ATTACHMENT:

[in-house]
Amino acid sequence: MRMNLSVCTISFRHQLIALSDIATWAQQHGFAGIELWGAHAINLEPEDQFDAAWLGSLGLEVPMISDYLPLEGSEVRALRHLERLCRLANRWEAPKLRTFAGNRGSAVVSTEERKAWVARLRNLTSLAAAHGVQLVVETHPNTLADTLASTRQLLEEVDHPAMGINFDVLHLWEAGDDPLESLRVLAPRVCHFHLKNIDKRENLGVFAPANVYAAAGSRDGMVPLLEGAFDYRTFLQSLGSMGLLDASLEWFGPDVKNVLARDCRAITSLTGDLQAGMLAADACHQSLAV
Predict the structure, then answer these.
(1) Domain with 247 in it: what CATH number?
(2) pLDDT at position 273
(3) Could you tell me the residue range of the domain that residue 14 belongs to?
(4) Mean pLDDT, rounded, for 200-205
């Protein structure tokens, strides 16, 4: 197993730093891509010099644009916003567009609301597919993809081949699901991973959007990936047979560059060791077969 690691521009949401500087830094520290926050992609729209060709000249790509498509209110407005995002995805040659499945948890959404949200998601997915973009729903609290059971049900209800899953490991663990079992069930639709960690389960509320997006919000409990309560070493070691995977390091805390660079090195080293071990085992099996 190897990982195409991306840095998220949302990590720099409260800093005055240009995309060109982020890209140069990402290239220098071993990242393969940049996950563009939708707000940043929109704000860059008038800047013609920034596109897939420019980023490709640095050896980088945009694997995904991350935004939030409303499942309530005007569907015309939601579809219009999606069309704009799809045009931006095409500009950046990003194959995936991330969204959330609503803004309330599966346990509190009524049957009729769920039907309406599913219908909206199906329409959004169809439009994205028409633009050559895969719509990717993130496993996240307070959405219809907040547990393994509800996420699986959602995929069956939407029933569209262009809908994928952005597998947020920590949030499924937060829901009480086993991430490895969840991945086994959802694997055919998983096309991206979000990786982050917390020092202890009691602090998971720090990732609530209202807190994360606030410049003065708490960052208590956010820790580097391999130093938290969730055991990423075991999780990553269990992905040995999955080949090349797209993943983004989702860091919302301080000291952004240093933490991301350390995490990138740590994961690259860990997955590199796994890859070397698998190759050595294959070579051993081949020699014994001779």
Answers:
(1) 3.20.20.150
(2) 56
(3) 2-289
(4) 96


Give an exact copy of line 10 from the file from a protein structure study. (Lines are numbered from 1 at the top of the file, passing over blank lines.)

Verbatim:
(1) 3.20.20.150